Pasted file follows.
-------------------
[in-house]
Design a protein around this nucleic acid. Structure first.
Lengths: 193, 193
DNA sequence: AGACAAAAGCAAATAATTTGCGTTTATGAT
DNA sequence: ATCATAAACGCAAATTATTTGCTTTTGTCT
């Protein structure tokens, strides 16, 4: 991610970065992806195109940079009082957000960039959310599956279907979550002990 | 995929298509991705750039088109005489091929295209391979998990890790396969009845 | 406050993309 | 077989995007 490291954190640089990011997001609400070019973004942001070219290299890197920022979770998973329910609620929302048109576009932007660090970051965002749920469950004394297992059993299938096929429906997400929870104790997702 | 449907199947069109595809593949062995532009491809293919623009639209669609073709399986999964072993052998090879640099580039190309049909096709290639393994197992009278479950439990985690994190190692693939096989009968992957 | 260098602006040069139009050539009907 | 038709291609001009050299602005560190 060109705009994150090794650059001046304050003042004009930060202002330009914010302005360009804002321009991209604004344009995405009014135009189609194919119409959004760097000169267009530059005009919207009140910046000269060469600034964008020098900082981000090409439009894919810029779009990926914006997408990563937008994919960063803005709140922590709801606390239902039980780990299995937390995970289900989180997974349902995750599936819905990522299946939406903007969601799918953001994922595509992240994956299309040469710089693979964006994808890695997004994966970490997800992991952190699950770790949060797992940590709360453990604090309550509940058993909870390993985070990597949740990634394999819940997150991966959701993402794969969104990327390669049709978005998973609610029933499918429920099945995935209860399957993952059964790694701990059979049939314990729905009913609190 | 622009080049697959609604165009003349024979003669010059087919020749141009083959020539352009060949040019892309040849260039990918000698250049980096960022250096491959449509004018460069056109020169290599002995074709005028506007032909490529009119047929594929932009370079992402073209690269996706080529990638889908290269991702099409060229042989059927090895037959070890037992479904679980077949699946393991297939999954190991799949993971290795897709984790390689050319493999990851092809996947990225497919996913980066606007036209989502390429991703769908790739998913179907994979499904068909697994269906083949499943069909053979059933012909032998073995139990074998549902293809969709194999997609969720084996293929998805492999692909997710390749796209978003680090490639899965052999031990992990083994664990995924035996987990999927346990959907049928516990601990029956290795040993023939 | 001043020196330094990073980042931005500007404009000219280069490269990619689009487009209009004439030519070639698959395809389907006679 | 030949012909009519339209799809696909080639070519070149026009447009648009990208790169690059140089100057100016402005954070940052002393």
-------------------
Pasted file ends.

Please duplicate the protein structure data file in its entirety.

[in-house]
Design a protein around this nucleic acid. Structure first.
Lengths: 193, 193
DNA sequence: AGACAAAAGCAAATAATTTGCGTTTATGAT
DNA sequence: ATCATAAACGCAAATTATTTGCTTTTGTCT
């Protein structure tokens, strides 16, 4: 991610970065992806195109940079009082957000960039959310599956279907979550002990 | 995929298509991705750039088109005489091929295209391979998990890790396969009845 | 406050993309 | 077989995007 490291954190640089990011997001609400070019973004942001070219290299890197920022979770998973329910609620929302048109576009932007660090970051965002749920469950004394297992059993299938096929429906997400929870104790997702 | 449907199947069109595809593949062995532009491809293919623009639209669609073709399986999964072993052998090879640099580039190309049909096709290639393994197992009278479950439990985690994190190692693939096989009968992957 | 260098602006040069139009050539009907 | 038709291609001009050299602005560190 060109705009994150090794650059001046304050003042004009930060202002330009914010302005360009804002321009991209604004344009995405009014135009189609194919119409959004760097000169267009530059005009919207009140910046000269060469600034964008020098900082981000090409439009894919810029779009990926914006997408990563937008994919960063803005709140922590709801606390239902039980780990299995937390995970289900989180997974349902995750599936819905990522299946939406903007969601799918953001994922595509992240994956299309040469710089693979964006994808890695997004994966970490997800992991952190699950770790949060797992940590709360453990604090309550509940058993909870390993985070990597949740990634394999819940997150991966959701993402794969969104990327390669049709978005998973609610029933499918429920099945995935209860399957993952059964790694701990059979049939314990729905009913609190 | 622009080049697959609604165009003349024979003669010059087919020749141009083959020539352009060949040019892309040849260039990918000698250049980096960022250096491959449509004018460069056109020169290599002995074709005028506007032909490529009119047929594929932009370079992402073209690269996706080529990638889908290269991702099409060229042989059927090895037959070890037992479904679980077949699946393991297939999954190991799949993971290795897709984790390689050319493999990851092809996947990225497919996913980066606007036209989502390429991703769908790739998913179907994979499904068909697994269906083949499943069909053979059933012909032998073995139990074998549902293809969709194999997609969720084996293929998805492999692909997710390749796209978003680090490639899965052999031990992990083994664990995924035996987990999927346990959907049928516990601990029956290795040993023939 | 001043020196330094990073980042931005500007404009000219280069490269990619689009487009209009004439030519070639698959395809389907006679 | 030949012909009519339209799809696909080639070519070149026009447009648009990208790169690059140089100057100016402005954070940052002393």